Posted Oct 22, 2013 01:29 pm CDT
David Berg was an ambitious young lawyer in Houston in 1968 when his older brother, Alan, disappeared. Alan, who had followed their father into the carpet business, had been killed by a hit man over a business dispute. His body wasn’t discovered for another six months. He left behind a wife and three children, one of whom was born after his death. The trial of Charles Harrelson (notorious killer-for-hire and father to actor Woody Harrelson) which followed—and Harrelson’s subsequent acquittal—was so painful for Berg that he barely spoke of his brother’s death for another 40 years.
“You know, actually, I’ll be honest, I took kind of a macho pride in that; that I had shouldered that burden myself, I hadn’t burdened my children,” Berg said to the ABA Journal’s Lee Rawles. “But they were curious about what had happened to their Uncle Alan, and so were Alan’s children.”
So in 2008, he picked up his pen to write what would become Run, Brother, Run: A Memoir of a Murder in My Family. “As I got older, I really wanted a chance to give my brother, who was murdered, a life of sorts,” he says. “And to tell the world everything I could about my brother. True always; not always flattering. But he was the most Gatsbyesque character I ever knew, and I loved him dearly, and I wanted the world to know.”
Berg himself spent the beginning of his career as a criminal defense attorney, one of the few areas of the law he says were open to a Jewish lawyer in Houston in the 1960s. After his brother’s slaying, he continued to practice criminal defense, and poured his emotions into his work. “I think that it fueled my desire to be successful, to win. I was very angry at the loss of my brother, and I took it out in my cases. There was a profile done in Parade Magazine not too long after I started practicing—maybe five, six seven years—that asked if I was the meanest lawyer in Houston. And in fact I probably was, because I diverted all that anger into what I was doing.”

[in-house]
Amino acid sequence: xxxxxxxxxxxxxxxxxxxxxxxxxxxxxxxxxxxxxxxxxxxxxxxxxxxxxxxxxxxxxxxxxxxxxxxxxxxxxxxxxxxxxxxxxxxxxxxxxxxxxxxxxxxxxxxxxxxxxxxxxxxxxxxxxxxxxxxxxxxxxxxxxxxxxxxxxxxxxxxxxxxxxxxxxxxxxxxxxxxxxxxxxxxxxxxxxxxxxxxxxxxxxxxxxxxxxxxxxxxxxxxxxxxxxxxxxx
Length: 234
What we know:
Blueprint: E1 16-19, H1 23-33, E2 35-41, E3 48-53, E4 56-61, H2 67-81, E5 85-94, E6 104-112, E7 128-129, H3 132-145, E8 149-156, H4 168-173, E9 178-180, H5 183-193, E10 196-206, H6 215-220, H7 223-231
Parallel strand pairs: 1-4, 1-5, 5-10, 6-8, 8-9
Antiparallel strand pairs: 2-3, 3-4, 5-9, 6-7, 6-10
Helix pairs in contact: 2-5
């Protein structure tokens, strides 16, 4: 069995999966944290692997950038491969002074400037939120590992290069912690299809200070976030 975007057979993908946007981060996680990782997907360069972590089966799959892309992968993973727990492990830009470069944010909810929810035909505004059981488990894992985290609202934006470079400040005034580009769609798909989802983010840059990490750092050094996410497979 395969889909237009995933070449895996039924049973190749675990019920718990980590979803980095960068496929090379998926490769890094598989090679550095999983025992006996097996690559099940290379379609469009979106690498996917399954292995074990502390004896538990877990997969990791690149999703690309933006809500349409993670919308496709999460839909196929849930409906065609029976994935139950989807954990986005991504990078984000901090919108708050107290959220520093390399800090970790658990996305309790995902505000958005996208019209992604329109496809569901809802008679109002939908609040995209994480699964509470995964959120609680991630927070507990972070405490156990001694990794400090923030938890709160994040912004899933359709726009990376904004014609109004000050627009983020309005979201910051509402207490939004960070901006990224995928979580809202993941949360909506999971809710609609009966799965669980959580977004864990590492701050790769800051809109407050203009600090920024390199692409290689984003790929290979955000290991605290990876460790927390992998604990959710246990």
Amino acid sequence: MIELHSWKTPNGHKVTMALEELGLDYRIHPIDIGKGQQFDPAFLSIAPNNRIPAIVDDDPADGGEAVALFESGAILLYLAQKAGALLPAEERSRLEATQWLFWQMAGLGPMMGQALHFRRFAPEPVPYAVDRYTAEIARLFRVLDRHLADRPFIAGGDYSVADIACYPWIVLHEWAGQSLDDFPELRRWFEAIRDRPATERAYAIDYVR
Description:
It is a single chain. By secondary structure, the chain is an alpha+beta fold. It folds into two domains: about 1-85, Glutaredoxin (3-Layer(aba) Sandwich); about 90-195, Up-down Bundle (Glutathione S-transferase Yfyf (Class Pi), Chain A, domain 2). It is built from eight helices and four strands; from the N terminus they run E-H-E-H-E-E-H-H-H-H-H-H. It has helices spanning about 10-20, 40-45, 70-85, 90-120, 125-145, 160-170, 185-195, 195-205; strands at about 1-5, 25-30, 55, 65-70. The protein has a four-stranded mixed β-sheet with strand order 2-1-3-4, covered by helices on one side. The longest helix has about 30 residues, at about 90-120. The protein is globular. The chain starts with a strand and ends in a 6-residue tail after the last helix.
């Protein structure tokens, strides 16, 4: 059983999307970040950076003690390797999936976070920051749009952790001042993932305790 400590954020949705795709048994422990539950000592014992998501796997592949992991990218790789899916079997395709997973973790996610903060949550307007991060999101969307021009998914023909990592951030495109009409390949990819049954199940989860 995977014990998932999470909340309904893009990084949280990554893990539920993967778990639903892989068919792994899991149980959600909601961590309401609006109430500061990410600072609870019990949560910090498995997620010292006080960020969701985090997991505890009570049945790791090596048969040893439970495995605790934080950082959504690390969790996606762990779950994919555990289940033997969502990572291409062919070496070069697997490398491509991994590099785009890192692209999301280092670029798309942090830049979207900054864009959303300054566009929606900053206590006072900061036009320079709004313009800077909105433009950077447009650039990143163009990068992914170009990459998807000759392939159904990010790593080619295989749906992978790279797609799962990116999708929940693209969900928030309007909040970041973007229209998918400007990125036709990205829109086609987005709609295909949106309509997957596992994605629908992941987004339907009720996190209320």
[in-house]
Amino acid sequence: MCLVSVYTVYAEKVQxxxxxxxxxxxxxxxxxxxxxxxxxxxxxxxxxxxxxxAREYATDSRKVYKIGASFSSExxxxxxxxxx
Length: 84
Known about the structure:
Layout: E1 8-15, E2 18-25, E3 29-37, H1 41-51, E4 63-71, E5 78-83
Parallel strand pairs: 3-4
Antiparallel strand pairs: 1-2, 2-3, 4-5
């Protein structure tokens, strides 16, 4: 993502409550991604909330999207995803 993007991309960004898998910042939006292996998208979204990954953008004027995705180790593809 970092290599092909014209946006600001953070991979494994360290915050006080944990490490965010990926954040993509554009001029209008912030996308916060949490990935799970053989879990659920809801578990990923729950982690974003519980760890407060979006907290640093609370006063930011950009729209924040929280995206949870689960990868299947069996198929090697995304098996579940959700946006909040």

In the podcast, Berg shares a painful story of the confrontation with his mother which steered him out of criminal work, and into commercial litigation.
While written for a general audience, Run, Brother, Run should appeal greatly to lawyers, Berg says. “I think that what lawyers can take away from the book is a sense that injustice still exists—it did then back in the 60s, it does now—and it’s important to step in and do something about it.”
ABAJournal.com: “Attorney deals with long-ago slaying of his brother by writing a book”
In This Podcast:
David Berg has tried virtually every kind of civil and criminal case to a verdict, from murder to patent infringement, and he has won hundreds of millions of dollars in settlements. He has been recognized as one of the “Best Lawyers in America” in nine trial practice areas. His 2003 book, The Trial Lawyer: What It Takes to Win, is one of the American Bar Association’s bestselling books. In addition, David has published articles and essays in The New York Times, the Los Angeles Times, Newsweek, Litigation Magazine and The Houston Chronicle. He lives in Houston and New York with his wife. (Photo by Martine Fougeron)